weather icon Clear
RJ App
Vegas News, Alerts, ePaper

Vacant Strip land on Frontier site to remain empty

The empty land on the Strip that once was the site of the New Frontier will remain empty.

The Israeli company that bought the 36-acre site in May 2007 for more than $1.24 billion said Monday that it wrote off $500 million of the investment, according to a report in an Israeli financial media outlet.

Elad Group planned to build a $5.7 billion version of New York’s famous Plaza Hotel on the site, across from Wynn Las Vegas and adjacent to the Trump International.

But the real estate market has seemingly ended those plans.

"It can be clearly said that the Plaza project will not go ahead," IBI Investment House analyst Shay Lipman told Globes, an Israel-based publication. "Obviously, it is now the problem of the banks, which are left with land, and with borrowers, who we would be not surprised to see give back the land when the loans come up for renewal in six months."

Elad acquired the site from New Frontier owner Phil Ruffin at the height of the real estate market for the equivalent of a little more than $34 million an acre in what was considered one of the Strip’s most expensive real estate deals ever.

At the time of the sale, Ruffin, who paid $167 million for the New Frontier in 1998, was seeking an equity partner to help redevelop the resort.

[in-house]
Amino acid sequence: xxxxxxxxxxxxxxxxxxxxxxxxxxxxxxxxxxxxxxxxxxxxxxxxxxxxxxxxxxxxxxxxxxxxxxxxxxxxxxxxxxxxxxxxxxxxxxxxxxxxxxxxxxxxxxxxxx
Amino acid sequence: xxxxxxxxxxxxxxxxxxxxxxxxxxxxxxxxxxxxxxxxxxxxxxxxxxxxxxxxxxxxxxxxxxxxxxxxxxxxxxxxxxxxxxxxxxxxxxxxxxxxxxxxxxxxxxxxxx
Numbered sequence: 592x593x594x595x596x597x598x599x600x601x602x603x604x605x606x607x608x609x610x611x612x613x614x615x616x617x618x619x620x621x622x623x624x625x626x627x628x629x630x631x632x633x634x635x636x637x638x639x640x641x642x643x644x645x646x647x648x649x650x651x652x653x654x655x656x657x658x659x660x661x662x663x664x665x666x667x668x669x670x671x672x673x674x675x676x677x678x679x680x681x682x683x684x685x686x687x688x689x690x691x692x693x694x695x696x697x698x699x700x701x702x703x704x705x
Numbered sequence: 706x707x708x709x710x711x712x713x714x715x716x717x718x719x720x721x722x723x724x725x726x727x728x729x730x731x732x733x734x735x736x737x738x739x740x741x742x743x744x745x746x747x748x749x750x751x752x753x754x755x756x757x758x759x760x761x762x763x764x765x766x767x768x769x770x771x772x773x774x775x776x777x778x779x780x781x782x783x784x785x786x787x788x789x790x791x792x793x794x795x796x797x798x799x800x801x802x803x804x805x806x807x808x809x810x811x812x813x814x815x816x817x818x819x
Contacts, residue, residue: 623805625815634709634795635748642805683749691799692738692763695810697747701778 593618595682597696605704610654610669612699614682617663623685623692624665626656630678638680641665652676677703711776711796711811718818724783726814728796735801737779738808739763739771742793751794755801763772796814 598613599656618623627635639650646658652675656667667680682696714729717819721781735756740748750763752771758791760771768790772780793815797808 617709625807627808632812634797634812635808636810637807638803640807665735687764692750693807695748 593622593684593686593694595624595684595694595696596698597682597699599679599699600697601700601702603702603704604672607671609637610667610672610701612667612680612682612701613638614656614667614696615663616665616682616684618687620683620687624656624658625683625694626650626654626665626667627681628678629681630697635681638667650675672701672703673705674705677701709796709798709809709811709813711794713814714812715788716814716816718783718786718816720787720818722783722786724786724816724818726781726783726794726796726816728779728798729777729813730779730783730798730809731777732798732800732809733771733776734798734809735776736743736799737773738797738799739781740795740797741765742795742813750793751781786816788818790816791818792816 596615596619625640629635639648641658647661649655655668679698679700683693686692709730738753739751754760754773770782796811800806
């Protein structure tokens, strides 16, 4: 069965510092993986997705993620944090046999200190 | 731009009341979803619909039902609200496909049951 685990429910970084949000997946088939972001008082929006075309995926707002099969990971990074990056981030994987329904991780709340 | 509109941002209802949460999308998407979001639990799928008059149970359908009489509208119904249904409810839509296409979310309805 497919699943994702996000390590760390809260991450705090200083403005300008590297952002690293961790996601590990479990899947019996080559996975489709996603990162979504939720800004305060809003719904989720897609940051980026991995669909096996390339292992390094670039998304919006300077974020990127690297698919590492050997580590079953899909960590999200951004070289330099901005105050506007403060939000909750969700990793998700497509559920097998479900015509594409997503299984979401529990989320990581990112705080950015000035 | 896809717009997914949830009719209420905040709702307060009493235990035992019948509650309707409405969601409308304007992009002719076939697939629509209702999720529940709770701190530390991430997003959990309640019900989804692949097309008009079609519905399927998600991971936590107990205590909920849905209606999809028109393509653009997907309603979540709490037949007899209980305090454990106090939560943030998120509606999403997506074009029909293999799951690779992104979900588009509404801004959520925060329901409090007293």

Elad closed the New Frontier in July 2007 and demolished the casino in November 2007.

But the company, which also owns New York’s Plaza Hotel, never followed through on its building plans.

According to the Israeli media report, the land is now valued at a little more than half of what Elad paid.

Elad officials said "developments in international capital markets" made it "impossible" for the company to obtain financing.

Billionaire real estate developer Donald Trump had viewed Elad’s plans as complementary to his Trump International, which was conceived as a nongaming 1,282-unit hotel and condominium tower, though lack of condo sales left it as a luxury hotel only.

Wynn Resorts Ltd. Chairman Steve Wynn alluded to Elad’s problems during his company’s third-quarter earnings conference call in October.

Wynn, who offered to landscape the empty site at his own expense several years ago, said he had been approached to develop it. He declined, blaming the federal government’s "insatiable appetite for money" as a reason not to build a new Strip hotel-casino.

"(The land) is owned by two Israeli gents, that are friends of mine, that bought it at a very high price and are sort of in a difficult position now," Wynn said in response to an analyst’s question. "They even owe money against that property."

Wynn said he had been approached "on a monthly basis" to build something that could be connected to Wynn Las Vegas and Encore. He said the Elad Group partners are willing to turn the property over to Wynn Resorts and would pay management, design and supervisory fees.

"’Help us get out of this,’ " said Wynn on the conference call, relaying the Elad Group comments.

However, Wynn said he declined the offer because he can’t determine the project’s return on investment.

Ruffin used a portion of the proceeds from the New Frontier sale to acquire Treasure Island from MGM Resorts International for $775 million in March 2009.

Contact reporter Howard Stutz at hstutz@reviewjournal.com or 702-477-3871. Follow @howardstutz on Twitter.

Don't miss the big stories. Like us on Facebook.
Las Vegas resorts go big for Lunar New Year

Lunar New Year started Sunday, celebrating the Year of the Rabbit, but Southern Nevada’s hospitality industry kicked off the celebrations last week for visitors.